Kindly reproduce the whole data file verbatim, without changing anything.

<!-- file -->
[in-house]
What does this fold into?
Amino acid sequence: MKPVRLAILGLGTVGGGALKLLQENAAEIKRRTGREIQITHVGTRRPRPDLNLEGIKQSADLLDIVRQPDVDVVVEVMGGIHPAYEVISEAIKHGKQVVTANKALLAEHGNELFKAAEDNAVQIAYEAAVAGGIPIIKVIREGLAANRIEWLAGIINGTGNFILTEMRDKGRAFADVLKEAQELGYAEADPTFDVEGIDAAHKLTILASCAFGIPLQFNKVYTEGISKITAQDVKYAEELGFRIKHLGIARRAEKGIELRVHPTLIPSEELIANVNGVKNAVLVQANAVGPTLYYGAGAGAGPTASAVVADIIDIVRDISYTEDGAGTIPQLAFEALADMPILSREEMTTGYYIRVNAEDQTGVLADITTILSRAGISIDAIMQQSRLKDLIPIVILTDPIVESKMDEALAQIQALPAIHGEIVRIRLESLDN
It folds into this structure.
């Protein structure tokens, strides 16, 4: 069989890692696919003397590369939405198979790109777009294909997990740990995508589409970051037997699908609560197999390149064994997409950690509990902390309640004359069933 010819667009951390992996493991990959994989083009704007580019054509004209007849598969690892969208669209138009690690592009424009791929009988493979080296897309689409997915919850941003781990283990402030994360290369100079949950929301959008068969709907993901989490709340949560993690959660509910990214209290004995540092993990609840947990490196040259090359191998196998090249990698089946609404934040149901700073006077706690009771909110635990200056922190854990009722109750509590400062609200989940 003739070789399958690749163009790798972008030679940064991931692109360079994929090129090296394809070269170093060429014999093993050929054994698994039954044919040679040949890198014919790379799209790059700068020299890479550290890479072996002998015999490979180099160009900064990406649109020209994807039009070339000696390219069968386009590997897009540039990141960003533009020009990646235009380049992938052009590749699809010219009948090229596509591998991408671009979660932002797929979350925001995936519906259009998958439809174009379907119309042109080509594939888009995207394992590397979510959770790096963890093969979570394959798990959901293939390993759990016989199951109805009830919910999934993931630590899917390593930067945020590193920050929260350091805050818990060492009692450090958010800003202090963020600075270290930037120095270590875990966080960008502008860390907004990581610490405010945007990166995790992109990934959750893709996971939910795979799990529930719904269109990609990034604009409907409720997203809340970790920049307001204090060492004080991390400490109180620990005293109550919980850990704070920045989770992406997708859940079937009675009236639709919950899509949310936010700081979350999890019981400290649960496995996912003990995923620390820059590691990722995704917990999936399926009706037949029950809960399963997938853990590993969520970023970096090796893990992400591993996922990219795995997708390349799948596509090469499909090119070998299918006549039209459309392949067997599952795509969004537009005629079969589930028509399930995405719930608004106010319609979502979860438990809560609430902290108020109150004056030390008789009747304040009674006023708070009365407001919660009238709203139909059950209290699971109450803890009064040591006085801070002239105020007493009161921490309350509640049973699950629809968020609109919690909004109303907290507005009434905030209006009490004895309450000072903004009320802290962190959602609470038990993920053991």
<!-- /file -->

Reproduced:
[in-house]
What does this fold into?
Amino acid sequence: MKPVRLAILGLGTVGGGALKLLQENAAEIKRRTGREIQITHVGTRRPRPDLNLEGIKQSADLLDIVRQPDVDVVVEVMGGIHPAYEVISEAIKHGKQVVTANKALLAEHGNELFKAAEDNAVQIAYEAAVAGGIPIIKVIREGLAANRIEWLAGIINGTGNFILTEMRDKGRAFADVLKEAQELGYAEADPTFDVEGIDAAHKLTILASCAFGIPLQFNKVYTEGISKITAQDVKYAEELGFRIKHLGIARRAEKGIELRVHPTLIPSEELIANVNGVKNAVLVQANAVGPTLYYGAGAGAGPTASAVVADIIDIVRDISYTEDGAGTIPQLAFEALADMPILSREEMTTGYYIRVNAEDQTGVLADITTILSRAGISIDAIMQQSRLKDLIPIVILTDPIVESKMDEALAQIQALPAIHGEIVRIRLESLDN
It folds into this structure.
């Protein structure tokens, strides 16, 4: 069989890692696919003397590369939405198979790109777009294909997990740990995508589409970051037997699908609560197999390149064994997409950690509990902390309640004359069933 010819667009951390992996493991990959994989083009704007580019054509004209007849598969690892969208669209138009690690592009424009791929009988493979080296897309689409997915919850941003781990283990402030994360290369100079949950929301959008068969709907993901989490709340949560993690959660509910990214209290004995540092993990609840947990490196040259090359191998196998090249990698089946609404934040149901700073006077706690009771909110635990200056922190854990009722109750509590400062609200989940 003739070789399958690749163009790798972008030679940064991931692109360079994929090129090296394809070269170093060429014999093993050929054994698994039954044919040679040949890198014919790379799209790059700068020299890479550290890479072996002998015999490979180099160009900064990406649109020209994807039009070339000696390219069968386009590997897009540039990141960003533009020009990646235009380049992938052009590749699809010219009948090229596509591998991408671009979660932002797929979350925001995936519906259009998958439809174009379907119309042109080509594939888009995207394992590397979510959770790096963890093969979570394959798990959901293939390993759990016989199951109805009830919910999934993931630590899917390593930067945020590193920050929260350091805050818990060492009692450090958010800003202090963020600075270290930037120095270590875990966080960008502008860390907004990581610490405010945007990166995790992109990934959750893709996971939910795979799990529930719904269109990609990034604009409907409720997203809340970790920049307001204090060492004080991390400490109180620990005293109550919980850990704070920045989770992406997708859940079937009675009236639709919950899509949310936010700081979350999890019981400290649960496995996912003990995923620390820059590691990722995704917990999936399926009706037949029950809960399963997938853990590993969520970023970096090796893990992400591993996922990219795995997708390349799948596509090469499909090119070998299918006549039209459309392949067997599952795509969004537009005629079969589930028509399930995405719930608004106010319609979502979860438990809560609430902290108020109150004056030390008789009747304040009674006023708070009365407001919660009238709203139909059950209290699971109450803890009064040591006085801070002239105020007493009161921490309350509640049973699950629809968020609109919690909004109303907290507005009434905030209006009490004895309450000072903004009320802290962190959602609470038990993920053991």